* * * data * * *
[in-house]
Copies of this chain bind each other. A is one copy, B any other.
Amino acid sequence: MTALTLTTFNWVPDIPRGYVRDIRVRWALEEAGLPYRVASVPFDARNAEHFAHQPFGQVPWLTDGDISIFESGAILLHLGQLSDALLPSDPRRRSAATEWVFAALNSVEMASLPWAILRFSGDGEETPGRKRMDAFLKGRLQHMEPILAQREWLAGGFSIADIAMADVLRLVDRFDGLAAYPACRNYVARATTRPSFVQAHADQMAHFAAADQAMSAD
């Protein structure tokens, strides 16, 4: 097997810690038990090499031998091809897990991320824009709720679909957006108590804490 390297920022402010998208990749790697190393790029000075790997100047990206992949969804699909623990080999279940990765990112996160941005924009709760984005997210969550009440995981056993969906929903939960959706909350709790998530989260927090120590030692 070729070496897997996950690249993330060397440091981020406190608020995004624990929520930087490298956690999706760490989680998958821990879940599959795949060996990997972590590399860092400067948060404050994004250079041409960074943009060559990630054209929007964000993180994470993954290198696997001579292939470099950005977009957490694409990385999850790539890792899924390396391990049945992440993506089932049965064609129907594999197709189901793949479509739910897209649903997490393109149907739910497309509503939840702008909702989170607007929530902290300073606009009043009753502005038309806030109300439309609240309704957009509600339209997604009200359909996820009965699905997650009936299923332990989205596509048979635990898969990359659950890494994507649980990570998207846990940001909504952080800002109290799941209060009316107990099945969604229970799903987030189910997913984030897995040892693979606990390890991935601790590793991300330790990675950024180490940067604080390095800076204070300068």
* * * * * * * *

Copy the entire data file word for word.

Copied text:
[in-house]
Copies of this chain bind each other. A is one copy, B any other.
Amino acid sequence: MTALTLTTFNWVPDIPRGYVRDIRVRWALEEAGLPYRVASVPFDARNAEHFAHQPFGQVPWLTDGDISIFESGAILLHLGQLSDALLPSDPRRRSAATEWVFAALNSVEMASLPWAILRFSGDGEETPGRKRMDAFLKGRLQHMEPILAQREWLAGGFSIADIAMADVLRLVDRFDGLAAYPACRNYVARATTRPSFVQAHADQMAHFAAADQAMSAD
């Protein structure tokens, strides 16, 4: 097997810690038990090499031998091809897990991320824009709720679909957006108590804490 390297920022402010998208990749790697190393790029000075790997100047990206992949969804699909623990080999279940990765990112996160941005924009709760984005997210969550009440995981056993969906929903939960959706909350709790998530989260927090120590030692 070729070496897997996950690249993330060397440091981020406190608020995004624990929520930087490298956690999706760490989680998958821990879940599959795949060996990997972590590399860092400067948060404050994004250079041409960074943009060559990630054209929007964000993180994470993954290198696997001579292939470099950005977009957490694409990385999850790539890792899924390396391990049945992440993506089932049965064609129907594999197709189901793949479509739910897209649903997490393109149907739910497309509503939840702008909702989170607007929530902290300073606009009043009753502005038309806030109300439309609240309704957009509600339209997604009200359909996820009965699905997650009936299923332990989205596509048979635990898969990359659950890494994507649980990570998207846990940001909504952080800002109290799941209060009316107990099945969604229970799903987030189910997913984030897995040892693979606990390890991935601790590793991300330790990675950024180490940067604080390095800076204070300068």